Review by George Aranda
by Sue Ganz-Schmitt and illustrated by Shane Prigmore
When I started this blog a couple of years ago with the aim of featuring science books, I never thought that I would be reviewing one written for introducing children to kindergarten. But here I am, happily.
Planet Kindergarten written by Sue Ganz-Schmitt and illustrated by Shane Prigmore is a book that takes the spirit of adventure that is so much a part of space exploration and turns it into an wonderful metaphor for exploring the unknown world of the kindergarten.
Our young hero starts the book training for his new mission and counting down the days to liftoff, going on to meet his new ‘alien’ classmates and even experiencing doubt as to whether he can complete his mission.
Ganz-Schmitt’s text moves the story along at a nice pace and both adult and child can have a bit of a chuckle at how nicely the terms of a space mission fit so well with the imminent mission of a kindergarten and the various modules one must explore.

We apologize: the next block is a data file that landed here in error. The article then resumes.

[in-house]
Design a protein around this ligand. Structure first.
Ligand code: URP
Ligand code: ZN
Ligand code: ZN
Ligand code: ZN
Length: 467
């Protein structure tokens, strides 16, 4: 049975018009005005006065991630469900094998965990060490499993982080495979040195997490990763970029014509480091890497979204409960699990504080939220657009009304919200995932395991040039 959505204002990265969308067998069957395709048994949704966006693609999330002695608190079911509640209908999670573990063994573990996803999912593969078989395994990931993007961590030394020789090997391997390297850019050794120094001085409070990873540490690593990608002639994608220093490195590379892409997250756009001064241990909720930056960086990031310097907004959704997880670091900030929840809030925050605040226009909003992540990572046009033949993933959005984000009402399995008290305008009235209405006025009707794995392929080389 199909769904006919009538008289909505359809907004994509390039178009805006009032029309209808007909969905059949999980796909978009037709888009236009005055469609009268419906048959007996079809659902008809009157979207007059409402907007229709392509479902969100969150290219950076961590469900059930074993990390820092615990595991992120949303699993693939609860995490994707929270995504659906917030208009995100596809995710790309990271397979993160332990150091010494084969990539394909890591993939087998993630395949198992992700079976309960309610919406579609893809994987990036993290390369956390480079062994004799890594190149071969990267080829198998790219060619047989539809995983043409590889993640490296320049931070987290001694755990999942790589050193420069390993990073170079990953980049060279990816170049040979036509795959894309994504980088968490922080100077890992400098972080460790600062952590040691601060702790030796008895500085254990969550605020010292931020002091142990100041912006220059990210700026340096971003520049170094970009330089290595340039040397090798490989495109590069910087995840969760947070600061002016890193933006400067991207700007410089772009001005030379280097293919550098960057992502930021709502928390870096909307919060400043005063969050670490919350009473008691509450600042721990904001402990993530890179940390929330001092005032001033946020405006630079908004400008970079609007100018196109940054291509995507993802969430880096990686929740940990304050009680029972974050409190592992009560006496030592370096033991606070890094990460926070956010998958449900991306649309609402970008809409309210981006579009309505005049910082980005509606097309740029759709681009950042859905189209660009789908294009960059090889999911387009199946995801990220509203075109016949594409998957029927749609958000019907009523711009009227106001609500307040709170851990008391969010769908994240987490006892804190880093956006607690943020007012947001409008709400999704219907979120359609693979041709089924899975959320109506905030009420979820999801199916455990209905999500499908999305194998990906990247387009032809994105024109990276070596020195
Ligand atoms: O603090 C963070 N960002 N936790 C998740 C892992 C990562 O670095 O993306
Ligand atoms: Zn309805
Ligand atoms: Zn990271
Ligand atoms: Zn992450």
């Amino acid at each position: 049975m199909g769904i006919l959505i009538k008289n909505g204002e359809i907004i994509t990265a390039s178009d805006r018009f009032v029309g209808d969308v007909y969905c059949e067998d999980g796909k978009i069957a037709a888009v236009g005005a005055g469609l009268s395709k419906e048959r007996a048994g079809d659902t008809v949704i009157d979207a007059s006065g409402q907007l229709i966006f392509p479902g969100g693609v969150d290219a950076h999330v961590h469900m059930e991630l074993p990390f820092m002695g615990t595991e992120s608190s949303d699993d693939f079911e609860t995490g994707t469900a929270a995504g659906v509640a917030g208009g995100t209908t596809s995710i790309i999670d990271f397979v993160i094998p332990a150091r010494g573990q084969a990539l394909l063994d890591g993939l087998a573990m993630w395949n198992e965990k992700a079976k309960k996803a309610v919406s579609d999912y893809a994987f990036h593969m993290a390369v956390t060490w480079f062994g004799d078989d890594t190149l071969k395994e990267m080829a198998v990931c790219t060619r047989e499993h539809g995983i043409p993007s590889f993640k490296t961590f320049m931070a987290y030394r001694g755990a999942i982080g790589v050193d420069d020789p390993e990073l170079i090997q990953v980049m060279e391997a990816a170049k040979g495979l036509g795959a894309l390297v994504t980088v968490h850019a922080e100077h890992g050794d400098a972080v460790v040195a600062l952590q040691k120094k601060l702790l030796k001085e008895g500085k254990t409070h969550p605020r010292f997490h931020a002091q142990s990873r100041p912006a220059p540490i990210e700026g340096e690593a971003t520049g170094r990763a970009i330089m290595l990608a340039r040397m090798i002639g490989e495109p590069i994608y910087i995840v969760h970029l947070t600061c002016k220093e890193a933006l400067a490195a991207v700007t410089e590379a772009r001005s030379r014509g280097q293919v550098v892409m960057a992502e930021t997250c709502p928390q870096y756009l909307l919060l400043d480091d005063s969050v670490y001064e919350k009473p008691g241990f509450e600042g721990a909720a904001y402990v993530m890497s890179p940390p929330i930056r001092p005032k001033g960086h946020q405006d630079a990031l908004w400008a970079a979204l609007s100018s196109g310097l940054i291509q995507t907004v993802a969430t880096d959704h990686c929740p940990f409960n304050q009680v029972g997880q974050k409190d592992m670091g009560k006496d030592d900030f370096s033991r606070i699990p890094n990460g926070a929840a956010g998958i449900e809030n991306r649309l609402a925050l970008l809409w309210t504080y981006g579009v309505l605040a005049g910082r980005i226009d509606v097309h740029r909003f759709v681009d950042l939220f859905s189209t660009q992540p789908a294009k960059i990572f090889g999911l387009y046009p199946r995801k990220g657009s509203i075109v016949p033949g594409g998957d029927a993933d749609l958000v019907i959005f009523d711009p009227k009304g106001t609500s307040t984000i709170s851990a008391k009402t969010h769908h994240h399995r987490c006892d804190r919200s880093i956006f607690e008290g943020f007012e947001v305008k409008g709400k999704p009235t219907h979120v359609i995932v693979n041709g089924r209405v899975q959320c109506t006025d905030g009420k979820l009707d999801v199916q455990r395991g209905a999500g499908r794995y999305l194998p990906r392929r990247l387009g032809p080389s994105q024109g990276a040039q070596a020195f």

Prigmore’s illustrations are bold and brashy, reminding me of the ‘kapow’ and ‘blam’ illustrations that you saw when you watched Batman back in the days when he danced and was played by Adam West. The illustrations have clever jokes that adults will get with the young ‘aliens’ being reminiscent of our favourite sci-fi movie aliens and jokes you can point out to the little person in your life. You might know Prigmore’s work from movie projects such as Coraline, How to Train Your Dragon and others.
This is a great book to introduce kids to the unknown complexities of kindergarten life, where mum and dad wont be around, and that things will seem scary at first, but they can rest assured that at the end of the day a safe splashdown at home is what they can expect.
Dr George Aranda is a former cognitive neuroscience researcher who has moved to the world of science education and science communication research. He runs the Big Ideas science book club in Melbourne and is the curator of Science Book a Day.